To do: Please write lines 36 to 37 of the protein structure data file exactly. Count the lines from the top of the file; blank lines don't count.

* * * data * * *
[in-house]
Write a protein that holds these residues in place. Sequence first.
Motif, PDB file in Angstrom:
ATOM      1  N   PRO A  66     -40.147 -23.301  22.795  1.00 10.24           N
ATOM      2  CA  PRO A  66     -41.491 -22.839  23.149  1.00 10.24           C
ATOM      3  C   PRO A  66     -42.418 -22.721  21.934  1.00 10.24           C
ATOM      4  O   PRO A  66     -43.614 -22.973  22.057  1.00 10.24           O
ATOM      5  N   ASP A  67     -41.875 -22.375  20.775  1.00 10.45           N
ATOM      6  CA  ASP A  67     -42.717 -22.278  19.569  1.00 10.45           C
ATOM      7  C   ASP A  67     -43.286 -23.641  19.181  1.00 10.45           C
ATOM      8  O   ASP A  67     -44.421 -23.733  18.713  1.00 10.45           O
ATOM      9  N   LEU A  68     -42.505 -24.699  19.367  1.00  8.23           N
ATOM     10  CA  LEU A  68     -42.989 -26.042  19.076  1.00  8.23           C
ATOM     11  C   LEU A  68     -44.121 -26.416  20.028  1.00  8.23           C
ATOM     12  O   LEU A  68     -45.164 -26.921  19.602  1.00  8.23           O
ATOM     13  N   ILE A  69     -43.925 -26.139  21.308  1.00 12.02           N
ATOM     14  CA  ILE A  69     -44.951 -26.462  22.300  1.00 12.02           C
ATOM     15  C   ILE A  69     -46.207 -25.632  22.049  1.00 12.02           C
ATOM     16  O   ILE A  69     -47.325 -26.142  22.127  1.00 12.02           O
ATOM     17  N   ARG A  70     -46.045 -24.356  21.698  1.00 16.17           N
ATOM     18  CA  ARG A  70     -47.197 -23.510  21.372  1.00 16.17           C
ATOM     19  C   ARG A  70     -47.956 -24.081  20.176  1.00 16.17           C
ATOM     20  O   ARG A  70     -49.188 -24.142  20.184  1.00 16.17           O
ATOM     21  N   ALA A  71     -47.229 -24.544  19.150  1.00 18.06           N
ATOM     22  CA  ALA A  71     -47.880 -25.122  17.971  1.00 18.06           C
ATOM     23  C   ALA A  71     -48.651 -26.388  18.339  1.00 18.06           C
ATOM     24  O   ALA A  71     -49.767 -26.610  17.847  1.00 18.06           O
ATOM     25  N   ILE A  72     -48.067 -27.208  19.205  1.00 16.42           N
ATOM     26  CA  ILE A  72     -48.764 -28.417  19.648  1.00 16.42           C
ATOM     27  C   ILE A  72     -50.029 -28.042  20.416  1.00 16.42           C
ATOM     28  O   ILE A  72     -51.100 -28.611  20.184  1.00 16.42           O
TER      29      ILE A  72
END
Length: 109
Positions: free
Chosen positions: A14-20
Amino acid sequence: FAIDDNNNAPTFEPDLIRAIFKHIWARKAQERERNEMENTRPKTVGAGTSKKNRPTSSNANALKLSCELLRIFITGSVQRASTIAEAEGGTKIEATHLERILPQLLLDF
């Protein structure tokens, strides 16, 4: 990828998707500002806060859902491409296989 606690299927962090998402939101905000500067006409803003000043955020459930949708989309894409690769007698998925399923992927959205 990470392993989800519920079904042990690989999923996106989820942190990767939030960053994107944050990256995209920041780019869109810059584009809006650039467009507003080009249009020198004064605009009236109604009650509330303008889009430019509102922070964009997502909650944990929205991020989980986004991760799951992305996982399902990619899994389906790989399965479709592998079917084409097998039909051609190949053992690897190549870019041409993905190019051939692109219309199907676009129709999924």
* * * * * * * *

Chosen positions: A14-20
Amino acid sequence: FAIDDNNNAPTFEPDLIRAIFKHIWARKAQERERNEMENTRPKTVGAGTSKKNRPTSSNANALKLSCELLRIFITGSVQRASTIAEAEGGTKIEATHLERILPQLLLDF